Beginning of a New Era

Baltimore Sun

Jonathan Beckerman

Dec 10, 1850

There are not many people who write for fifty years like I have. I will admit that starting out I was not expecting to, yet somehow I have managed to spend my life writing about these “factories”. This being said, there are worse things to write about, I have been lucky enough to be given a window into the lives that would otherwise be a mystery to me. I was allowed to see the benefits and drawbacks of the system that has taken over our United States of America.

Now we are poised on the brink of a revolution, not like any other we are experienced so far in our growth as a nation. We watch as a system is forced to change, in both positive and negative ways. We watched a new style of life impose itself into America, and now that very same system is facing changes that could affect all of us here in the United States. I speak, of course, about the infamous “Factory System”. It is taken over our jobs, in many ways making our way of life better, giving jobs to people who would not usually get them and producing things previously impossible and at dramatically lower cost. Then it started to be tainted by competition, money and politics. Now we are staring down a transition period where we also have to change. I have spent fifty years of my life studying the complexities and dynamics of the factories here and I hope to be able to have closure on such a broad topic.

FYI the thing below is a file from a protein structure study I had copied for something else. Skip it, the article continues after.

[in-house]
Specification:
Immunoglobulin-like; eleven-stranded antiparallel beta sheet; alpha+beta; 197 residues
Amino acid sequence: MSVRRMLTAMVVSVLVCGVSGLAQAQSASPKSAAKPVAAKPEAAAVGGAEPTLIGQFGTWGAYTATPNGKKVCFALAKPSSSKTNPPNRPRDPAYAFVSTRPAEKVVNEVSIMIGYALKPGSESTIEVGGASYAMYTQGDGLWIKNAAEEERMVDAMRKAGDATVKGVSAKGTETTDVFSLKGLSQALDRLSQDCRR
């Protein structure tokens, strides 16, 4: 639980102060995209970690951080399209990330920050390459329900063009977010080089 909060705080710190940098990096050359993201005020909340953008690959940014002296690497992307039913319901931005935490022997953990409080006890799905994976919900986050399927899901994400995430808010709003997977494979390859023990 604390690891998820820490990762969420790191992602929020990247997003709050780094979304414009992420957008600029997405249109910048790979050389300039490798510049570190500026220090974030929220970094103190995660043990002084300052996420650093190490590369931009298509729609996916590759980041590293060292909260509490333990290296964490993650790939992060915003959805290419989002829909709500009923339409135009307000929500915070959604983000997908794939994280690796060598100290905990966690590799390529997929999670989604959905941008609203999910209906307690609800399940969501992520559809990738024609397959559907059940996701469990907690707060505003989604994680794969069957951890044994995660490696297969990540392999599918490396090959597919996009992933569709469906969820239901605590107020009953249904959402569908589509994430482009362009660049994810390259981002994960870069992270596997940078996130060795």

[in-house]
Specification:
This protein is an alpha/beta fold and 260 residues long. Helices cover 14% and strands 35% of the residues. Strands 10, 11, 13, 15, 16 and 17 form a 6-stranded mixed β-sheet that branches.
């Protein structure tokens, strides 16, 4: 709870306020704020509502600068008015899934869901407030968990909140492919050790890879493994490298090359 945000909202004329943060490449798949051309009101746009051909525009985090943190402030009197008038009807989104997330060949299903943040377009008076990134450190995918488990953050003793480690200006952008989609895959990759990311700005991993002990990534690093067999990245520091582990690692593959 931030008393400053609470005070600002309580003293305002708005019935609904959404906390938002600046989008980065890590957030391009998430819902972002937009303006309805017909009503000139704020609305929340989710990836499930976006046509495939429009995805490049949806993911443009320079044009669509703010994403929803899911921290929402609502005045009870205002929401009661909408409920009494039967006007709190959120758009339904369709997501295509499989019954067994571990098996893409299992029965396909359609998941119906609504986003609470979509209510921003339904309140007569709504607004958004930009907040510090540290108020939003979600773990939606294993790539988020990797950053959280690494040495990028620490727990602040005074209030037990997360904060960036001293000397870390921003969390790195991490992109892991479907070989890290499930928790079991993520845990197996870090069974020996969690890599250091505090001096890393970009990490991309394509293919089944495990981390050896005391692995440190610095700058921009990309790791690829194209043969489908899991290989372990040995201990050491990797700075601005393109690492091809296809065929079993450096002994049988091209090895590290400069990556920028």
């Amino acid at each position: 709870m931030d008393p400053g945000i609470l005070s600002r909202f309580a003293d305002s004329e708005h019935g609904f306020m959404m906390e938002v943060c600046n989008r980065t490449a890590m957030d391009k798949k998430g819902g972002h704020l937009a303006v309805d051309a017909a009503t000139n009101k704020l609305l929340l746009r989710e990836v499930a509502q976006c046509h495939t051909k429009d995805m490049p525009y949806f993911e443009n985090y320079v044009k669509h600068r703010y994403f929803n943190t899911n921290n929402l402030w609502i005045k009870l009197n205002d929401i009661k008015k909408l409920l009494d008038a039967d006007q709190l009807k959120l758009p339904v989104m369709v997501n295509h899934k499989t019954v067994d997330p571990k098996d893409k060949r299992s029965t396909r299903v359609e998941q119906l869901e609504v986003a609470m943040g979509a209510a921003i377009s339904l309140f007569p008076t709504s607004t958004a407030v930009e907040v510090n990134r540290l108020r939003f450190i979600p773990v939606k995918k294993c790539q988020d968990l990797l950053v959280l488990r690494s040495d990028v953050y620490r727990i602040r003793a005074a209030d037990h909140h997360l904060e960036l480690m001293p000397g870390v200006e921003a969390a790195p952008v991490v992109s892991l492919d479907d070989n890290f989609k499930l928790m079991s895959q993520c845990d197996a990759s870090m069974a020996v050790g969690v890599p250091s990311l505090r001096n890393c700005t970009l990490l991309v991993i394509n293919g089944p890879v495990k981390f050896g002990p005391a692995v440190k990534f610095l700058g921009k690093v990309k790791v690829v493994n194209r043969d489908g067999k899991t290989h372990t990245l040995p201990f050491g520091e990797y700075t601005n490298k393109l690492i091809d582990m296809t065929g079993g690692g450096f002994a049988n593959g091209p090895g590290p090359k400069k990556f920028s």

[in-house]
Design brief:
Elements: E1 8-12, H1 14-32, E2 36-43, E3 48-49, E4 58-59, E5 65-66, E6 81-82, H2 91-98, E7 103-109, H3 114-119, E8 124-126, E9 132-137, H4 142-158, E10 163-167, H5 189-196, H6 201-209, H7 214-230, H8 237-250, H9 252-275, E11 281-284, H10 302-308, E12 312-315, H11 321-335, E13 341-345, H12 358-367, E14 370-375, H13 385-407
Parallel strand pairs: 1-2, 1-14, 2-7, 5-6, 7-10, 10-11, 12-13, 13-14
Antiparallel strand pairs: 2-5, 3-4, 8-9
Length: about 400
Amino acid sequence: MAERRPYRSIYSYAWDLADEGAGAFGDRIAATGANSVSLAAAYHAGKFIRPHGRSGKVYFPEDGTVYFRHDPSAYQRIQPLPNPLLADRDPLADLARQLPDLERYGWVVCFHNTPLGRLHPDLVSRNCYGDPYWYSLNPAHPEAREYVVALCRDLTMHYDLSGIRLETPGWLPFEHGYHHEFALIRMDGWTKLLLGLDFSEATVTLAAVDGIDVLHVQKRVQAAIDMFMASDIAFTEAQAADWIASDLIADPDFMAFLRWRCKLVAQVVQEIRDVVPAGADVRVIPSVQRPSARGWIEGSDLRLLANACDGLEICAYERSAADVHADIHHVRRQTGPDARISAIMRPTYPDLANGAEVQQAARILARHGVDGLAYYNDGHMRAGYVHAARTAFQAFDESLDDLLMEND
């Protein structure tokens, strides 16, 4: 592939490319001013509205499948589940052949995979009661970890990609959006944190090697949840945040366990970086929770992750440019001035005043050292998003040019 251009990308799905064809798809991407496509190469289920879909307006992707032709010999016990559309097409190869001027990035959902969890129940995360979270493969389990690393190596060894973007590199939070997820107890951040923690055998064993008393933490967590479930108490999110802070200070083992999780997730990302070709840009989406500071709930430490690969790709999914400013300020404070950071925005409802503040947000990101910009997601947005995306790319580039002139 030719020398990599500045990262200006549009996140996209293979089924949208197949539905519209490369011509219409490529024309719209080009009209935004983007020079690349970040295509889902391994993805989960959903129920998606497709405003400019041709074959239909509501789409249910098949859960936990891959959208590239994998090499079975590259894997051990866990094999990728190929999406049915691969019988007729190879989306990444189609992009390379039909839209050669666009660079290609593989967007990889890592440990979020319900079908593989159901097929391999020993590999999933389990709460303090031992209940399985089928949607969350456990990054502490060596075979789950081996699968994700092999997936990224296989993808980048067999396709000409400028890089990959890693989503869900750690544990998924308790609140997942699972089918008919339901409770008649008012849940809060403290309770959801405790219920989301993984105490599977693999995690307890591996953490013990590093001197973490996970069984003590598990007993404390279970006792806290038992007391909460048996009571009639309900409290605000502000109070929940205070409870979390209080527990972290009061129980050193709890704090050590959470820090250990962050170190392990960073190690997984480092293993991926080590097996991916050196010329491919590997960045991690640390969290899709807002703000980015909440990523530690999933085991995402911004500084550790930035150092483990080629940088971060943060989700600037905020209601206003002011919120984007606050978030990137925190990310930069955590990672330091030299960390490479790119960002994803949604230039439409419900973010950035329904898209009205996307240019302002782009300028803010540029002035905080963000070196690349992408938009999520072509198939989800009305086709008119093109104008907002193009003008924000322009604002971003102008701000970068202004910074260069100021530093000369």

Philadelphia hat factory